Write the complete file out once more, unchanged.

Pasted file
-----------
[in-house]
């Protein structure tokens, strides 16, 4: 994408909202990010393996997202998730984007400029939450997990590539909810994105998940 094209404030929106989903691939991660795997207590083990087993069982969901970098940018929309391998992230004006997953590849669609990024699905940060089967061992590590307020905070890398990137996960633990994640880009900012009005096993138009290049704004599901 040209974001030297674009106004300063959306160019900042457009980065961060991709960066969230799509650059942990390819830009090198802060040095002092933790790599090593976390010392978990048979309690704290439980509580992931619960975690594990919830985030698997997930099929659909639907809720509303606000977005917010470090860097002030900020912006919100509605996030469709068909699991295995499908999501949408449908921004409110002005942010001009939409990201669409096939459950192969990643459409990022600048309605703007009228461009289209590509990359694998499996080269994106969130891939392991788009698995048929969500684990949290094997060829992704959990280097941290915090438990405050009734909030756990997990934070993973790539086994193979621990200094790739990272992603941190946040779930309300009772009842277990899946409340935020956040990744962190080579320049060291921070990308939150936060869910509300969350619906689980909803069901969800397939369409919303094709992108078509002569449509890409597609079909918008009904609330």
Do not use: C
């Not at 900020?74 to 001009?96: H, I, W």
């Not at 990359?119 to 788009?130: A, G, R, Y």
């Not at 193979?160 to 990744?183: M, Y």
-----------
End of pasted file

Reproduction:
[in-house]
């Protein structure tokens, strides 16, 4: 994408909202990010393996997202998730984007400029939450997990590539909810994105998940 094209404030929106989903691939991660795997207590083990087993069982969901970098940018929309391998992230004006997953590849669609990024699905940060089967061992590590307020905070890398990137996960633990994640880009900012009005096993138009290049704004599901 040209974001030297674009106004300063959306160019900042457009980065961060991709960066969230799509650059942990390819830009090198802060040095002092933790790599090593976390010392978990048979309690704290439980509580992931619960975690594990919830985030698997997930099929659909639907809720509303606000977005917010470090860097002030900020912006919100509605996030469709068909699991295995499908999501949408449908921004409110002005942010001009939409990201669409096939459950192969990643459409990022600048309605703007009228461009289209590509990359694998499996080269994106969130891939392991788009698995048929969500684990949290094997060829992704959990280097941290915090438990405050009734909030756990997990934070993973790539086994193979621990200094790739990272992603941190946040779930309300009772009842277990899946409340935020956040990744962190080579320049060291921070990308939150936060869910509300969350619906689980909803069901969800397939369409919303094709992108078509002569449509890409597609079909918008009904609330």
Do not use: C
């Not at 900020?74 to 001009?96: H, I, W």
């Not at 990359?119 to 788009?130: A, G, R, Y």
């Not at 193979?160 to 990744?183: M, Y």